Ah, the crows of doubt. For the uninitiated, these are the dark creatures that circle your head, pecking at your hair whilst cackling evilly and shouting ‘you are SO RUBBISH.’ Recognise them now? I thought you might. There is a particular gang of crows which specialises in attacking writers. They have additional phrases, like ‘even if you sell this drivel, it’s so bad that no-one will ever read it,’ and ‘well that book might have sold, but this one is just WTF. Ryan Gosling will beg to be your love slave before this gets published.’
Before I was published, I assumed that publication would smite down the mighty crows of doubt, bringing them to earth in an explosion of flames that would turn them to dust, never to be heard from again.
This is not the case. Sorry about that, unpublished writers.
The crows are bigger. They have new, previously unheard phrases. It’s a crow of doubt upgrade. Woohoo! Suddenly, the room for mistakes seems much, much smaller. Ideas you would have gone with before even though they were rubbish are now dismissed, because they’re rubbish. And there’s no room for rubbish any more. You’re supposed to know what you’re doing!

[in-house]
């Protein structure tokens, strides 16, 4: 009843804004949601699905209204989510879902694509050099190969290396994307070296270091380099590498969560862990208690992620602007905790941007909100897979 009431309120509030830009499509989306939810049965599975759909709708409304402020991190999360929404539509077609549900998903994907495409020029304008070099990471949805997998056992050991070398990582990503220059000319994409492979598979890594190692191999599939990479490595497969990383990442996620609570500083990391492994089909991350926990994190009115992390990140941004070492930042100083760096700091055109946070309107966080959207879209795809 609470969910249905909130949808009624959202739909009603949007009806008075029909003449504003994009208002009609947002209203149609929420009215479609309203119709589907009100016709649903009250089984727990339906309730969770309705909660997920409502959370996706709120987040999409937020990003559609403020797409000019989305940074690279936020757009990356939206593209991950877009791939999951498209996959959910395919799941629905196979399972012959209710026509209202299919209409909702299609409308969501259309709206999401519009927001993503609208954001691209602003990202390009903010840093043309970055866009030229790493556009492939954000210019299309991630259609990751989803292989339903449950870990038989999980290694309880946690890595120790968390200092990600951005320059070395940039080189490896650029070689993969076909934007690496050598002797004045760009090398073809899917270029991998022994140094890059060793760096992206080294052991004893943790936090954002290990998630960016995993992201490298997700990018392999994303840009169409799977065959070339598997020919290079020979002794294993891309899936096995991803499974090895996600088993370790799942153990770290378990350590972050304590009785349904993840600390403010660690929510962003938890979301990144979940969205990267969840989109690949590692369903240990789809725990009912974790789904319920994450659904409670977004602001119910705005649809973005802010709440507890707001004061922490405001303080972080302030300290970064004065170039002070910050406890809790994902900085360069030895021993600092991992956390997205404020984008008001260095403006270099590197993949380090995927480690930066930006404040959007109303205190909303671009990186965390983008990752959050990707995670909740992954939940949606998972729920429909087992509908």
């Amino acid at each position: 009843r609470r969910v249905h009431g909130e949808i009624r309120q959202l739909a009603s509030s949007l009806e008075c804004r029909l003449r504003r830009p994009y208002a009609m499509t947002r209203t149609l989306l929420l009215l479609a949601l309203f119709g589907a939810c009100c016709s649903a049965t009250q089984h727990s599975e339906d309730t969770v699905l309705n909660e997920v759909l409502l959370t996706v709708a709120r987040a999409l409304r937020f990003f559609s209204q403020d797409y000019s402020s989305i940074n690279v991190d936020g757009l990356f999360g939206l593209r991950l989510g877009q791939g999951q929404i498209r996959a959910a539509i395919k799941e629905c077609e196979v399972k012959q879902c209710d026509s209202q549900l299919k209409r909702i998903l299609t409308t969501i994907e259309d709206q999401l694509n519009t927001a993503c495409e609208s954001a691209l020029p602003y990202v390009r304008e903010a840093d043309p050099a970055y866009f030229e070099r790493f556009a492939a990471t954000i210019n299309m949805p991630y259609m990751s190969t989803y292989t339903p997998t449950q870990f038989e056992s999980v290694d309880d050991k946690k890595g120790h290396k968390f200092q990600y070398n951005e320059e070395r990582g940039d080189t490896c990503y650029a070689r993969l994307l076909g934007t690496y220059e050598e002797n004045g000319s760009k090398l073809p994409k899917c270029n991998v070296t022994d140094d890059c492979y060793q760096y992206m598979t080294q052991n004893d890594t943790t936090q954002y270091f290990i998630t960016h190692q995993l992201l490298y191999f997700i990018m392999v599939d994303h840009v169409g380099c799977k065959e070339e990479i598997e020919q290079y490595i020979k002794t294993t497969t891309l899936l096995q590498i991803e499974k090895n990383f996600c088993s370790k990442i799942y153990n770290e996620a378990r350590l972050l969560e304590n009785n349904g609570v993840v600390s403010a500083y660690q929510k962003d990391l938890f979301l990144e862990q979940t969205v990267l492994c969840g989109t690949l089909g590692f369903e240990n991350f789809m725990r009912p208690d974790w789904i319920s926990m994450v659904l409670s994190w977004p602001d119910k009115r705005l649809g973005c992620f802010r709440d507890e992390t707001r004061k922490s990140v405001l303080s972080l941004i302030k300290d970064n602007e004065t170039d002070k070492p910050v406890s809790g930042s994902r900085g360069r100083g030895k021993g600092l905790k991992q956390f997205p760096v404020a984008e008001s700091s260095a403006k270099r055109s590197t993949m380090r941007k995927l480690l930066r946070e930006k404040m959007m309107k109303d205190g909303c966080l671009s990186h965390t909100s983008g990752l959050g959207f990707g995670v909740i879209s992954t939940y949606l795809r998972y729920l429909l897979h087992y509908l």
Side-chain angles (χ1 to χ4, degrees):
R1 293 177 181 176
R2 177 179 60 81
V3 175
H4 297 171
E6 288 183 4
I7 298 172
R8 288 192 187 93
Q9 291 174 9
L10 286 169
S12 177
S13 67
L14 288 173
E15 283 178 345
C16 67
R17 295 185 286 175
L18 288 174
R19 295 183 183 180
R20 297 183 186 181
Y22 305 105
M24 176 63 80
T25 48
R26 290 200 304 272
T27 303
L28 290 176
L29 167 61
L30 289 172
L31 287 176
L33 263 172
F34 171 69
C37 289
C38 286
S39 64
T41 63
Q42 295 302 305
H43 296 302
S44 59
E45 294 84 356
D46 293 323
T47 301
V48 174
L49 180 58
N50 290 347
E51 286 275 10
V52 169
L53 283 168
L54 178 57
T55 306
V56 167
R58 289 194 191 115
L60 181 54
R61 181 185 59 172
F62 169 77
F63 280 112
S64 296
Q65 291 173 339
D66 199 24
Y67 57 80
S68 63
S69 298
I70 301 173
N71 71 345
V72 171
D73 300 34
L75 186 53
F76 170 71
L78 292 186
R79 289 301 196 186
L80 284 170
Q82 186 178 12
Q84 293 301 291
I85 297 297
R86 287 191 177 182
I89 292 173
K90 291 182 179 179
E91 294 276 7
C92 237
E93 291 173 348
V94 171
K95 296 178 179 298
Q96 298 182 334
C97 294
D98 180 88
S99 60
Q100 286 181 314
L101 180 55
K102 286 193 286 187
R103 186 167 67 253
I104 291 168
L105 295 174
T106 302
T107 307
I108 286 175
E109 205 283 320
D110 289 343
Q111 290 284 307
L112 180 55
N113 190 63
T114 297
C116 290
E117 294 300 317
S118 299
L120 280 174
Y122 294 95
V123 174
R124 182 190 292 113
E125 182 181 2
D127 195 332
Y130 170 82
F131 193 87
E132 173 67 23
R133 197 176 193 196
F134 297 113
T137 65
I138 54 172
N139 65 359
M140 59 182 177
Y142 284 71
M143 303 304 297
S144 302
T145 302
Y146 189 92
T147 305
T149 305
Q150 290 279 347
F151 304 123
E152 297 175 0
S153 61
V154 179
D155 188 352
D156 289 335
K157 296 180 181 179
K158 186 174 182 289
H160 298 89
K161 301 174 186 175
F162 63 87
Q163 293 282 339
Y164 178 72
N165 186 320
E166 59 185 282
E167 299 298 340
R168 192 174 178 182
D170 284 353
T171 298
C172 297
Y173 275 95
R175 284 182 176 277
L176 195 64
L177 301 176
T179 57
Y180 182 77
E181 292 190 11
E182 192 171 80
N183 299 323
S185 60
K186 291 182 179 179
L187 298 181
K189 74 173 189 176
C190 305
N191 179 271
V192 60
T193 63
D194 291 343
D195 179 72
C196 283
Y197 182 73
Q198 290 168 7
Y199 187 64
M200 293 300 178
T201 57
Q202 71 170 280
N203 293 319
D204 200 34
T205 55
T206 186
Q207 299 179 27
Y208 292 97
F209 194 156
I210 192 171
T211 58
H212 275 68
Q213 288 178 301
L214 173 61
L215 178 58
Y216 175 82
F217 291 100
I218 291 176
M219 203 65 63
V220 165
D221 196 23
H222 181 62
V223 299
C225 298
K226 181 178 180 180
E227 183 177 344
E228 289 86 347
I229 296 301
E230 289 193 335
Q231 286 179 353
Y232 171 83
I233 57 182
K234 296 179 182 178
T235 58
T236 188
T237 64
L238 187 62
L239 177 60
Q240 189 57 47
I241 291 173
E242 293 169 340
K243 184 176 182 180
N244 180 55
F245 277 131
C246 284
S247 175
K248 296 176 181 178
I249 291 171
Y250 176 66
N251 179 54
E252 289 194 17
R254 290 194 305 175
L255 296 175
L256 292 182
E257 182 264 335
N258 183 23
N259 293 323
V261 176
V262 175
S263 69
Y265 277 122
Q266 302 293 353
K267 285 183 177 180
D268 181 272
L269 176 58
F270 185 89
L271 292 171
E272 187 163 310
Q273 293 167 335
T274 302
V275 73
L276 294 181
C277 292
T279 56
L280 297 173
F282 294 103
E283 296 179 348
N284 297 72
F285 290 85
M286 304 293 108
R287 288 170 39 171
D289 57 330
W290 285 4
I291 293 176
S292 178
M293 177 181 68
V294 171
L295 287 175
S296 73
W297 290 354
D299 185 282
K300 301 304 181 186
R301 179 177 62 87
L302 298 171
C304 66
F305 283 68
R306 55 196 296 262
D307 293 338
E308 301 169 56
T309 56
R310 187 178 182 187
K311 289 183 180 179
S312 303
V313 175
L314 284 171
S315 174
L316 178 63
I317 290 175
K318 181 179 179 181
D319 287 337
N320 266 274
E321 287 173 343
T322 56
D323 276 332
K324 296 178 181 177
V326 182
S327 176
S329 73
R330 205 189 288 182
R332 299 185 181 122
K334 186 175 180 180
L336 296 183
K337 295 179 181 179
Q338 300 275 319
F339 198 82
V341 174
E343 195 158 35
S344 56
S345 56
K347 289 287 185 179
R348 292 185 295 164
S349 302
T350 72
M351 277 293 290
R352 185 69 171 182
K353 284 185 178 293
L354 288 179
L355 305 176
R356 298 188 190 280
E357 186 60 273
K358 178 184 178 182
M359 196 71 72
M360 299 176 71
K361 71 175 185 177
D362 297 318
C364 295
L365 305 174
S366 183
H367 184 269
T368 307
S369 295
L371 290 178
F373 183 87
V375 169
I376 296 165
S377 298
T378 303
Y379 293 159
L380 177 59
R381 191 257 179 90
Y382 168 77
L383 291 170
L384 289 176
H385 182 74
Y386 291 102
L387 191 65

And… collapse on the floor in a heap of despair, vowing never to write again. Instead, you will live in a clean, organised house, and never again put the bin out at the last minute wearing a dress but no knickers because you got dressed in such a hurry (or is that just me).
At the moment, I am trying to write a different kind of book, a bigger book, something with more twists and turns, more characters, more challenges. I’m not sure I can do it. The crows are having a field day. But I am beating them off the only way I know how – one word at a time.
How do you fight off the crows?